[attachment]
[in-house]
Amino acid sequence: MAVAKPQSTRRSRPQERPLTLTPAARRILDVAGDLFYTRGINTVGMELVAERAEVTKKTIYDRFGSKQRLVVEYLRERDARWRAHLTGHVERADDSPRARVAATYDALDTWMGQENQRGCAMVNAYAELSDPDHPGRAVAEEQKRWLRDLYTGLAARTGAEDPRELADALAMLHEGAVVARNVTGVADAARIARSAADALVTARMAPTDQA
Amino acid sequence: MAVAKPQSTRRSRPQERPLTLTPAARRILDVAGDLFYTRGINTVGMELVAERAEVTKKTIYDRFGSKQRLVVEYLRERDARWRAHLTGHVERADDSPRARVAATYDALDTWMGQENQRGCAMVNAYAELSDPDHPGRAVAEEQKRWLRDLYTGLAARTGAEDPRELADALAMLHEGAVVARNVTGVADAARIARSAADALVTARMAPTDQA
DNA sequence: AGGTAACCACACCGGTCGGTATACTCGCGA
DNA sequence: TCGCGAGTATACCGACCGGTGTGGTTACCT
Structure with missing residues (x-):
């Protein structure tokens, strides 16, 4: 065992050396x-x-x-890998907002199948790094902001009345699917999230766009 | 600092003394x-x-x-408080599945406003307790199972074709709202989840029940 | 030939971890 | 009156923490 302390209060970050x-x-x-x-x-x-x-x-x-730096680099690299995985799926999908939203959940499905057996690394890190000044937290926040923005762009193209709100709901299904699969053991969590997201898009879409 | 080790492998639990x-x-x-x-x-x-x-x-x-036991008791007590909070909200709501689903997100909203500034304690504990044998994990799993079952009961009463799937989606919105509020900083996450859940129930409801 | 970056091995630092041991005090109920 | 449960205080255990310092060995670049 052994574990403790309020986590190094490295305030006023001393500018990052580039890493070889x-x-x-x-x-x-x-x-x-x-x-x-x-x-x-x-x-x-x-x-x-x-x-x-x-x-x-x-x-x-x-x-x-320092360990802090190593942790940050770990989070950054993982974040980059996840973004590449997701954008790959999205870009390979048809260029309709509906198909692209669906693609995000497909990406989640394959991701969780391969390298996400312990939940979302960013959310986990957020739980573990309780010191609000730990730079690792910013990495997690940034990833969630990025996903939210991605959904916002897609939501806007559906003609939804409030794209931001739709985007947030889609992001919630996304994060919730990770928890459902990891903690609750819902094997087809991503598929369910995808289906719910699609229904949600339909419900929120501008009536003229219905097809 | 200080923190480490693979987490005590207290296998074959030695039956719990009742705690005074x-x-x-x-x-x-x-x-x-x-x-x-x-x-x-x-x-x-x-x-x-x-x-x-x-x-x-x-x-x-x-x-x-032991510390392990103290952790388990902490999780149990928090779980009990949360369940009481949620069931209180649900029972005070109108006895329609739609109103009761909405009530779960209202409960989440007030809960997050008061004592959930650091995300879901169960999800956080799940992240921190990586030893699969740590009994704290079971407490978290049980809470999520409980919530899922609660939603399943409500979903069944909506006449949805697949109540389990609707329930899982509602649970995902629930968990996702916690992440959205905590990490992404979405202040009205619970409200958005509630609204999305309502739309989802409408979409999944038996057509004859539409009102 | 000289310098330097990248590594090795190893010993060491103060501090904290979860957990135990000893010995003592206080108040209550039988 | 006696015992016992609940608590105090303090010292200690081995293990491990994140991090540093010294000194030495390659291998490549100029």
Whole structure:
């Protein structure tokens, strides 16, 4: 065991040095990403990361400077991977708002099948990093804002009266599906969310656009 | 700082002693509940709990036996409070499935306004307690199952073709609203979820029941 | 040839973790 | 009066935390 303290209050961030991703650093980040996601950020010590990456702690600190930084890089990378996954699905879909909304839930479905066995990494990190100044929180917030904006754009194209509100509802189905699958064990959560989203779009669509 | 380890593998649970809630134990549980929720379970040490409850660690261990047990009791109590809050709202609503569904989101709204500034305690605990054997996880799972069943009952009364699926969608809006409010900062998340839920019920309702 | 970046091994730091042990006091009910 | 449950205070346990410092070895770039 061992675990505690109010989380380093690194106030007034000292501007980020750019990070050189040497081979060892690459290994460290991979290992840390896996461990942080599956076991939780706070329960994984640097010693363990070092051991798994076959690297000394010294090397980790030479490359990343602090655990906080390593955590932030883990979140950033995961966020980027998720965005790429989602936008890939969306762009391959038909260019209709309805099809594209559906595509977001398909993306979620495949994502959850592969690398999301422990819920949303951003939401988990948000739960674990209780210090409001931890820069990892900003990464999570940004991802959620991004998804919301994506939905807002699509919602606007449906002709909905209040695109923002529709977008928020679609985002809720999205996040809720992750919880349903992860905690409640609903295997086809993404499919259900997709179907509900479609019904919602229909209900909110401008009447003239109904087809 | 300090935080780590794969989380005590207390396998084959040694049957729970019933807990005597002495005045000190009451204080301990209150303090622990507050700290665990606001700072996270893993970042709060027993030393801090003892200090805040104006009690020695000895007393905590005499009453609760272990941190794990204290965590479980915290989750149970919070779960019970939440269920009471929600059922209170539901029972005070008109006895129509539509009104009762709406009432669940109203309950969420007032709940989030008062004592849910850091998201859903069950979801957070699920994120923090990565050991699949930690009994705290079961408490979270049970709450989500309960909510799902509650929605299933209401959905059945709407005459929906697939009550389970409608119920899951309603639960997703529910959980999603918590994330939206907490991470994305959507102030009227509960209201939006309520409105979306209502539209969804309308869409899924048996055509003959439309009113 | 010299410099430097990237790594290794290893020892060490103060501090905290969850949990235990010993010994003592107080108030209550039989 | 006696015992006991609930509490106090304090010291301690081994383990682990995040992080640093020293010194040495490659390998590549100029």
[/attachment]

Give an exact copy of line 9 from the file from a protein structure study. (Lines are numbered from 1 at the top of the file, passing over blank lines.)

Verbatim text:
């Protein structure tokens, strides 16, 4: 065991040095990403990361400077991977708002099948990093804002009266599906969310656009 | 700082002693509940709990036996409070499935306004307690199952073709609203979820029941 | 040839973790 | 009066935390 303290209050961030991703650093980040996601950020010590990456702690600190930084890089990378996954699905879909909304839930479905066995990494990190100044929180917030904006754009194209509100509802189905699958064990959560989203779009669509 | 380890593998649970809630134990549980929720379970040490409850660690261990047990009791109590809050709202609503569904989101709204500034305690605990054997996880799972069943009952009364699926969608809006409010900062998340839920019920309702 | 970046091994730091042990006091009910 | 449950205070346990410092070895770039 061992675990505690109010989380380093690194106030007034000292501007980020750019990070050189040497081979060892690459290994460290991979290992840390896996461990942080599956076991939780706070329960994984640097010693363990070092051991798994076959690297000394010294090397980790030479490359990343602090655990906080390593955590932030883990979140950033995961966020980027998720965005790429989602936008890939969306762009391959038909260019209709309805099809594209559906595509977001398909993306979620495949994502959850592969690398999301422990819920949303951003939401988990948000739960674990209780210090409001931890820069990892900003990464999570940004991802959620991004998804919301994506939905807002699509919602606007449906002709909905209040695109923002529709977008928020679609985002809720999205996040809720992750919880349903992860905690409640609903295997086809993404499919259900997709179907509900479609019904919602229909209900909110401008009447003239109904087809 | 300090935080780590794969989380005590207390396998084959040694049957729970019933807990005597002495005045000190009451204080301990209150303090622990507050700290665990606001700072996270893993970042709060027993030393801090003892200090805040104006009690020695000895007393905590005499009453609760272990941190794990204290965590479980915290989750149970919070779960019970939440269920009471929600059922209170539901029972005070008109006895129509539509009104009762709406009432669940109203309950969420007032709940989030008062004592849910850091998201859903069950979801957070699920994120923090990565050991699949930690009994705290079961408490979270049970709450989500309960909510799902509650929605299933209401959905059945709407005459929906697939009550389970409608119920899951309603639960997703529910959980999603918590994330939206907490991470994305959507102030009227509960209201939006309520409105979306209502539209969804309308869409899924048996055509003959439309009113 | 010299410099430097990237790594290794290893020892060490103060501090905290969850949990235990010993010994003592107080108030209550039989 | 006696015992006991609930509490106090304090010291301690081994383990682990995040992080640093020293010194040495490659390998590549100029």